By Leo van der Vlist.
Last night at the UN Headquarters in New York I enjoyed the most beautiful cultural expressions of Indigenous Peoples from around the world. Traditional Meitei folkdance from Manipur, song, music and dance from indigenous peoples from Russia and Mexico, powerful drumbeats and dance from Polynesia and Africa, and more, including a surprise act by Native American poet, writer and artist John Trudell reciting his poem See the Woman.
“…She is sister to earth
In all conditions She is life bringer In all life she is our necessity…”
A true celebration of life in the halls of the UN filled with people in colorful outfits and cheerful faces.
The contrast with the morning session of the UN Permanent Forum on Indigenous Issues for which indigenous peoples gather in New York could not have been more dramatic. The topic on the agenda was Youth, self-harm and suicide. There was an outcry of deep pain, frustration and anger. Many people stood up behind the speakers to show their solidarity and support. Kandi Mossett, a young Native American woman speaking on behalf of the Indigenous Environmental Network and many other organizations could hardly hold her tears when she said:
“…When we see governments, extractive industries and multinational corporations raping and destroying Mother Earth, it simultaneously destroys our hope for the future and diminishes our will to live. […] Our connection to the land is such that when we see mining companies ripping into the land, we find it physically painful within our own bodies. […] The question of whether or not the future is even worth living for in the face of such destruction is put into our minds and hearts and many indigenous youth lose hope to the point of believing that self-harm and suicide is the only way out.”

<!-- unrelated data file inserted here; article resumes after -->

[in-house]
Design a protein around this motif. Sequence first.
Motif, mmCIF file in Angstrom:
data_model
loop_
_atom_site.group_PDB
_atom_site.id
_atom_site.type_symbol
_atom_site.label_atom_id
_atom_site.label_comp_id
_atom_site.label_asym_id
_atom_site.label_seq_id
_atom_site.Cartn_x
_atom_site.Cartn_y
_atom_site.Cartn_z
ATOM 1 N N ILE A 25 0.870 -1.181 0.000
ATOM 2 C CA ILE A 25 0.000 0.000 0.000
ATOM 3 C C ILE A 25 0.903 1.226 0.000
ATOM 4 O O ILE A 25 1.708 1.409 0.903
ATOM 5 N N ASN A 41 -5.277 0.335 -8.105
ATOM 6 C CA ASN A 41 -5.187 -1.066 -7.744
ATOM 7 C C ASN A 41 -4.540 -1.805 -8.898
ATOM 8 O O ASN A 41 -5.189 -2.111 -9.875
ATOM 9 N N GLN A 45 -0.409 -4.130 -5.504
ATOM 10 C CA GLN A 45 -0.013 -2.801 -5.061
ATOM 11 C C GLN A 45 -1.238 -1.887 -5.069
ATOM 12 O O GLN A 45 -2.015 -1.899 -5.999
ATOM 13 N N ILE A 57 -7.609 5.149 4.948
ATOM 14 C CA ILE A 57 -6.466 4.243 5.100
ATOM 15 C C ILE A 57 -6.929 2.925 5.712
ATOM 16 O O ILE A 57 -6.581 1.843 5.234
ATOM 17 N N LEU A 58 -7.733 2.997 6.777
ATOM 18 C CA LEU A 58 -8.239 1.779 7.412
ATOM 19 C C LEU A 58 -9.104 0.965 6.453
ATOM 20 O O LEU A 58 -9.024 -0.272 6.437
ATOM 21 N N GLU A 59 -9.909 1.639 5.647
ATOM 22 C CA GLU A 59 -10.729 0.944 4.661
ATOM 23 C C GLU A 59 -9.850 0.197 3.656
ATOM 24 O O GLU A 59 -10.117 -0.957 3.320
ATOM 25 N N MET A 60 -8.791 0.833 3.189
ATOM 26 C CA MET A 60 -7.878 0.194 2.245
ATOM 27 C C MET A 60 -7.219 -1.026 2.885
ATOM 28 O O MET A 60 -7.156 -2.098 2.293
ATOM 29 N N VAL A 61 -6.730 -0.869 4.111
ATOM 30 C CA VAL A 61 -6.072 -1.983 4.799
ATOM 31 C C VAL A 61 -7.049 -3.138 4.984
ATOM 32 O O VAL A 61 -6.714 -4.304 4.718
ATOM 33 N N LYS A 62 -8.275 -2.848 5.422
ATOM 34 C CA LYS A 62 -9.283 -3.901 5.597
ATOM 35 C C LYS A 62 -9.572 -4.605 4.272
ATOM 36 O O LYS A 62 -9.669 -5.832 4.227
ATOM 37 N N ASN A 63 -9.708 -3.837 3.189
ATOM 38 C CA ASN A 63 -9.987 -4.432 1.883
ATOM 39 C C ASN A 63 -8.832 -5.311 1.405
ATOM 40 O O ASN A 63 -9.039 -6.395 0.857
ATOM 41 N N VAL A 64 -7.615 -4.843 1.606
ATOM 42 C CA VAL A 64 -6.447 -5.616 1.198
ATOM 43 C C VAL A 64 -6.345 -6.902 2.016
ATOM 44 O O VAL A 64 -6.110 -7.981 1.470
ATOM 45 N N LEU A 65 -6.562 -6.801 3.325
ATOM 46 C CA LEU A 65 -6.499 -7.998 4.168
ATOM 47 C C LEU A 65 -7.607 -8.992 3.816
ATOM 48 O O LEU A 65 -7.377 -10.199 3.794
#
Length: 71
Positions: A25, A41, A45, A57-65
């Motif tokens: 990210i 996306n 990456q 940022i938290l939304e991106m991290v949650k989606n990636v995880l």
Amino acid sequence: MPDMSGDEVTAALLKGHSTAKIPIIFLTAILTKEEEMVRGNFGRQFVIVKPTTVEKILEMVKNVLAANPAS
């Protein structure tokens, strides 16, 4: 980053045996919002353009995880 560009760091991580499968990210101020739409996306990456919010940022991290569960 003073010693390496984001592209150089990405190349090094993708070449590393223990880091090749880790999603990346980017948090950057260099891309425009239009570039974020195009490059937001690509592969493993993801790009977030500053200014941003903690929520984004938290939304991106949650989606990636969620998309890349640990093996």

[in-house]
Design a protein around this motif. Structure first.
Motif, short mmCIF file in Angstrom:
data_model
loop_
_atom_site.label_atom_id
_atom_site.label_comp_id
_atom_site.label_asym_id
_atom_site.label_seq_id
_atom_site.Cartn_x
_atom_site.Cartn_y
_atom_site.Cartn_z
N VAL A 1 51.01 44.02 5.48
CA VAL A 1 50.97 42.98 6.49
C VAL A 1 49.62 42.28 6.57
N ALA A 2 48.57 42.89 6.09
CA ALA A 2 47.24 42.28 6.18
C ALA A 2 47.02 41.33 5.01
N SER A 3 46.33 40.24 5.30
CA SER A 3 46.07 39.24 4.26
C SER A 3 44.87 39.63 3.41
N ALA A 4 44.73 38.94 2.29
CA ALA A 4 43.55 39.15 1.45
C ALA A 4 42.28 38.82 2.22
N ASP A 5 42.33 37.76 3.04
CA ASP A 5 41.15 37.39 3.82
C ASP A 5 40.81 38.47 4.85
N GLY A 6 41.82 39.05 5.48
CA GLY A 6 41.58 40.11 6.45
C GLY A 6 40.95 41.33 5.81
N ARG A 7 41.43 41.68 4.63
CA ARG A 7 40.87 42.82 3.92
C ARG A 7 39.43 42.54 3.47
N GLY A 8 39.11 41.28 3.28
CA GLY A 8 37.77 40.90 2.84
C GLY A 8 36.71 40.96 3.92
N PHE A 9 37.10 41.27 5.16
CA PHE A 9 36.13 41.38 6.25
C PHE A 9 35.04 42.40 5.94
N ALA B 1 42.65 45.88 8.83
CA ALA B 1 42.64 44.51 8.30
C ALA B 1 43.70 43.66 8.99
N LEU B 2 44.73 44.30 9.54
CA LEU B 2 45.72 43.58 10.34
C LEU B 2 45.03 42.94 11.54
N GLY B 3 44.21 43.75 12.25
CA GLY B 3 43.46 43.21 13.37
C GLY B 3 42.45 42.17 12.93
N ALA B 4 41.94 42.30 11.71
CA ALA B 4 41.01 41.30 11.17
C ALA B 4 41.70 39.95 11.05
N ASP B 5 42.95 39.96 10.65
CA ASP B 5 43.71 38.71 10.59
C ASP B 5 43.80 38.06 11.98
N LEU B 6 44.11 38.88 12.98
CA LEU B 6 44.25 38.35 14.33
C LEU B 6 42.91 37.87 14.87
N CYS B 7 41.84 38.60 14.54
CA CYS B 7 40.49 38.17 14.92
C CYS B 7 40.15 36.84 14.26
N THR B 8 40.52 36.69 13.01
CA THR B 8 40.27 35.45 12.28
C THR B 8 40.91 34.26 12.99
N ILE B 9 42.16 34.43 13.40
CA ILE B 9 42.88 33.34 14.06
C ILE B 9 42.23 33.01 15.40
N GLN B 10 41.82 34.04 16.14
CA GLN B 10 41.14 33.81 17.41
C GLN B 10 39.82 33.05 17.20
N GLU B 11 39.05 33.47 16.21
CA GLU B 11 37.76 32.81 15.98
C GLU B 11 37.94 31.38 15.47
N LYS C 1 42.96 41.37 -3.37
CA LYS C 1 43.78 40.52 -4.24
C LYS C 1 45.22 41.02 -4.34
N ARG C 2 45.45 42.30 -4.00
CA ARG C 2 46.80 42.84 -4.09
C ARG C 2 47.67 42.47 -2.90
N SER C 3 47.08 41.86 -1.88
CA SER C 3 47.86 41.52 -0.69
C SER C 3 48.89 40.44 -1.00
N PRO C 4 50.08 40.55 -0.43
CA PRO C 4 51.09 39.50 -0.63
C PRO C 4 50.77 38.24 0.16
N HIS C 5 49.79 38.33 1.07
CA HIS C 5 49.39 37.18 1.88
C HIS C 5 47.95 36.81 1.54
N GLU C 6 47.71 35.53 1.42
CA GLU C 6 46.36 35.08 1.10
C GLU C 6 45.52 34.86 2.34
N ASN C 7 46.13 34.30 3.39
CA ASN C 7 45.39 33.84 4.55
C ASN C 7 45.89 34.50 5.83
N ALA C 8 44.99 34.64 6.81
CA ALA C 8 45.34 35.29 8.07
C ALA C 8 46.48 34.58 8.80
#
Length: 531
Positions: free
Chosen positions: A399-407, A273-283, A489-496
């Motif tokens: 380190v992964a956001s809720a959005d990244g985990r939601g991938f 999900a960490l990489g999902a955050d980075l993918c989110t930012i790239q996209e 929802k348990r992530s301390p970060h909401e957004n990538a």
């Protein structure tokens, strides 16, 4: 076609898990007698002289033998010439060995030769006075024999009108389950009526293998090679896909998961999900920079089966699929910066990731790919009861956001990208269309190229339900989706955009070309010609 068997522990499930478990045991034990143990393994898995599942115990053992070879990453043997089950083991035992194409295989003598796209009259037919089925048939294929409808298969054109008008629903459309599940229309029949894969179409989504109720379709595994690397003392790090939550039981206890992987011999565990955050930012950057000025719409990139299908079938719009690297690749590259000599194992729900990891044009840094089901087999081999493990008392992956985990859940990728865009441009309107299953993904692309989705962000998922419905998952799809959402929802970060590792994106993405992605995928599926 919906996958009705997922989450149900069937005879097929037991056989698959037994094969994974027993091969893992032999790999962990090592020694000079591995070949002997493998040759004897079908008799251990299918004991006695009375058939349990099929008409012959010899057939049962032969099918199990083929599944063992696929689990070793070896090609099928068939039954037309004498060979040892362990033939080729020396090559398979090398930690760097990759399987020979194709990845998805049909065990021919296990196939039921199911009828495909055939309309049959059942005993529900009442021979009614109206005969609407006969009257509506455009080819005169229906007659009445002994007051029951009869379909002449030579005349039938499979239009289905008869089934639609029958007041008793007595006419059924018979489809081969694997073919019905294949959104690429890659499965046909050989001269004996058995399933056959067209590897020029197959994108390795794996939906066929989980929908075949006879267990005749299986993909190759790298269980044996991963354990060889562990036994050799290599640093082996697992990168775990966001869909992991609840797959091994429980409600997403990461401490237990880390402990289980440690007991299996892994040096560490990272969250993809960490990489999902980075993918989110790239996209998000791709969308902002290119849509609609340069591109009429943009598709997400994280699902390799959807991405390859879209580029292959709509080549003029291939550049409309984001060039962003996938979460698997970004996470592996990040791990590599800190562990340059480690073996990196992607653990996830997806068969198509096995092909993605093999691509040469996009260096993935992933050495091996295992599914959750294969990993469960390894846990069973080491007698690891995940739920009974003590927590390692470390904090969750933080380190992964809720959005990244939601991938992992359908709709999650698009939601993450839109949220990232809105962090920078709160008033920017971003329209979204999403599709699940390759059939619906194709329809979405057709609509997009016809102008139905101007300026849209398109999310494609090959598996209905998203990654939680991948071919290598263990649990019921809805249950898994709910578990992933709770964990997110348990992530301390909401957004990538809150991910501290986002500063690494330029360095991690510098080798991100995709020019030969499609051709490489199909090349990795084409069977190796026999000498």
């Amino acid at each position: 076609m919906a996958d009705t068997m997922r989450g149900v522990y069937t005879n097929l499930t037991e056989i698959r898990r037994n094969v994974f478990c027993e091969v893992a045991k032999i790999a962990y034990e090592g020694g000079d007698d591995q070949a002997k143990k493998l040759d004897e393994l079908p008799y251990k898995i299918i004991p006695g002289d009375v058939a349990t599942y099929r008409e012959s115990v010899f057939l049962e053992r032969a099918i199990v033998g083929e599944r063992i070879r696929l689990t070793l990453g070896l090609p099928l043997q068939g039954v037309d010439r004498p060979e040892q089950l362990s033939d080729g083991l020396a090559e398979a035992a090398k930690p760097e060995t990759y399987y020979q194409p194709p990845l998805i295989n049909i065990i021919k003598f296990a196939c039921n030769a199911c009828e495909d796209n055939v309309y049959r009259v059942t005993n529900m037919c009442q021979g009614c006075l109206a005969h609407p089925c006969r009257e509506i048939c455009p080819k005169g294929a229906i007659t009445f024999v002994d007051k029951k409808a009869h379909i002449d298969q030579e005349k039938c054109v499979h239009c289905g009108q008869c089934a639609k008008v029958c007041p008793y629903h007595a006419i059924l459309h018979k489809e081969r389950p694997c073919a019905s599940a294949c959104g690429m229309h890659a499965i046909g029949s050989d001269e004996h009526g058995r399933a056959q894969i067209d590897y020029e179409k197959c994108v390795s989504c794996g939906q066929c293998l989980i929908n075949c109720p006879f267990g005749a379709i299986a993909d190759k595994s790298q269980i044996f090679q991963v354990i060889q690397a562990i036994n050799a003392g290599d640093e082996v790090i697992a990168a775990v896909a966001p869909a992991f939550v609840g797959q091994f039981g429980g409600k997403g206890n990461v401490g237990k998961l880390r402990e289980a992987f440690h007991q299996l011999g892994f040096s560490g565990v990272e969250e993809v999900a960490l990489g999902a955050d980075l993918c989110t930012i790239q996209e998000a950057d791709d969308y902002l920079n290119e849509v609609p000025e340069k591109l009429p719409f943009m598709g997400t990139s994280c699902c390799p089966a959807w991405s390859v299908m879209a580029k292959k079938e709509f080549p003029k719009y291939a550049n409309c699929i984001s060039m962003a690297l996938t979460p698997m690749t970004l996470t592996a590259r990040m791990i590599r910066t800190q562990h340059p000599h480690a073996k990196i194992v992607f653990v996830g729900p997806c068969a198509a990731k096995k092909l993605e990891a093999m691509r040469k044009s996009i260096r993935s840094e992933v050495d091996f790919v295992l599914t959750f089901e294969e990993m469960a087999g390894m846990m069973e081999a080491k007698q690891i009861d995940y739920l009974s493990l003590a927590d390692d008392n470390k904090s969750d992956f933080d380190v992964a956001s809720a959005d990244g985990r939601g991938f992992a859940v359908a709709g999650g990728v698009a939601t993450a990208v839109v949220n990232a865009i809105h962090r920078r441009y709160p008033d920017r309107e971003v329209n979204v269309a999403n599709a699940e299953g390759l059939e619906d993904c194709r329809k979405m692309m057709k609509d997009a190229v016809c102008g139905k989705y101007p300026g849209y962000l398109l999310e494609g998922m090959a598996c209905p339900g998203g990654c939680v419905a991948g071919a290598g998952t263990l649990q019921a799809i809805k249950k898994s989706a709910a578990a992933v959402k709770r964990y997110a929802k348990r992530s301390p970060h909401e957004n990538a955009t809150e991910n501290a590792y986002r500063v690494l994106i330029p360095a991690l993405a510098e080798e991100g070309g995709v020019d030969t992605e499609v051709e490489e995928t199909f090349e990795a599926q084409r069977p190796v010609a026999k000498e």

The recommendations of Kandi, a young mother, included that States adopt a limitation on oil and fossil fuel extraction whereby 80% of all oil and fossil fuel reserves be left in the ground together with legally binding commitments to reduce greenhouse gas emissions at the source by 60-80% as recommended by the UN. She ended her statement with hope and a clear message to the world.
“When I look into the eyes of my 1 year old daughter I see such hope and light for the future and I want that hope to always be with her. This is why our organizations are proposing these recommendations as a next step to help ensure that Indigenous Youth do not fall into the trap of self-harm and hopelessness, but rather, can fulfill the role as joyous and healthy guardians of Mother Earth. In closing, I remind the United Nations that
“We do not inherit the earth from our ancestors, we borrow it from our children.”
It could be so beautiful.